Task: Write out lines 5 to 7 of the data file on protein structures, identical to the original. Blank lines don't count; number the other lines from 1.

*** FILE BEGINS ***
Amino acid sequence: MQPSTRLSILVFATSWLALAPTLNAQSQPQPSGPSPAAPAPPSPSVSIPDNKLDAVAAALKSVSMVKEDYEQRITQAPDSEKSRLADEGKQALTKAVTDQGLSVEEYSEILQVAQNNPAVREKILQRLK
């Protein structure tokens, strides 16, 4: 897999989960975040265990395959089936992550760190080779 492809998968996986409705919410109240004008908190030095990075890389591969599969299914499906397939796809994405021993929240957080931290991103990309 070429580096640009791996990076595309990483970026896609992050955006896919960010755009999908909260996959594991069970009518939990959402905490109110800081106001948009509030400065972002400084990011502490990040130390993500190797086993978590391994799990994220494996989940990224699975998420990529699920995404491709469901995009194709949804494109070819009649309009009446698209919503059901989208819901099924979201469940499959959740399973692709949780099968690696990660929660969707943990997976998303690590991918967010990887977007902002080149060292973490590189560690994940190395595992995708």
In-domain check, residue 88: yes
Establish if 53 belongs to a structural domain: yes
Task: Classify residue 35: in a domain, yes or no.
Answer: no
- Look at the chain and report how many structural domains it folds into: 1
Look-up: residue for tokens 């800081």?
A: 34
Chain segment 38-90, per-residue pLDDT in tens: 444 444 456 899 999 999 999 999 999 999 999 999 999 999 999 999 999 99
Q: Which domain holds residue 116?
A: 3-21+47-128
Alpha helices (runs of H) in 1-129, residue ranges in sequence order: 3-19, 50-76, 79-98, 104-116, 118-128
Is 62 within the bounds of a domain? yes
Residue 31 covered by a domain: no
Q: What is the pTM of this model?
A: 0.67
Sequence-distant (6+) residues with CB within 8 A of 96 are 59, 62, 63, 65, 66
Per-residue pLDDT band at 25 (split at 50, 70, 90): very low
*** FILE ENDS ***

Task: Classify residue 35: in a domain, yes or no.
Answer: no
- Look at the chain and report how many structural domains it folds into: 1